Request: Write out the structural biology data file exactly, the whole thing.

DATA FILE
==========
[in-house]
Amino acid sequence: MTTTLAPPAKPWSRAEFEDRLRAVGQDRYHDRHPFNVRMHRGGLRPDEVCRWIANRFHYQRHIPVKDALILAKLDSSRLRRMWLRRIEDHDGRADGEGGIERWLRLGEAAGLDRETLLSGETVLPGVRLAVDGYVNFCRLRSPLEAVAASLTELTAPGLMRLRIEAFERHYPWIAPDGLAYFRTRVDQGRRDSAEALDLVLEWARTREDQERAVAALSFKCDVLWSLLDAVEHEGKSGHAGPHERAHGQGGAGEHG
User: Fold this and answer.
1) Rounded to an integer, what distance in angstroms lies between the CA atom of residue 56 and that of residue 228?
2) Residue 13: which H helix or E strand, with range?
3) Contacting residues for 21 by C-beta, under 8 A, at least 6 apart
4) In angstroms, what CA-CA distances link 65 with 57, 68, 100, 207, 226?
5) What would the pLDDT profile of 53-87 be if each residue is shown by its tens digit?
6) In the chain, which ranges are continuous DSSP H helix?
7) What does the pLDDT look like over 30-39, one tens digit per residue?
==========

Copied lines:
[in-house]
Amino acid sequence: MTTTLAPPAKPWSRAEFEDRLRAVGQDRYHDRHPFNVRMHRGGLRPDEVCRWIANRFHYQRHIPVKDALILAKLDSSRLRRMWLRRIEDHDGRADGEGGIERWLRLGEAAGLDRETLLSGETVLPGVRLAVDGYVNFCRLRSPLEAVAASLTELTAPGLMRLRIEAFERHYPWIAPDGLAYFRTRVDQGRRDSAEALDLVLEWARTREDQERAVAALSFKCDVLWSLLDAVEHEGKSGHAGPHERAHGQGGAGEHG
User: Fold this and answer.
1) Rounded to an integer, what distance in angstroms lies between the CA atom of residue 56 and that of residue 228?
2) Residue 13: which H helix or E strand, with range?
3) Contacting residues for 21 by C-beta, under 8 A, at least 6 apart
4) In angstroms, what CA-CA distances link 65 with 57, 68, 100, 207, 226?
5) What would the pLDDT profile of 53-87 be if each residue is shown by its tens digit?
6) In the chain, which ranges are continuous DSSP H helix?
7) What does the pLDDT look like over 30-39, one tens digit per residue?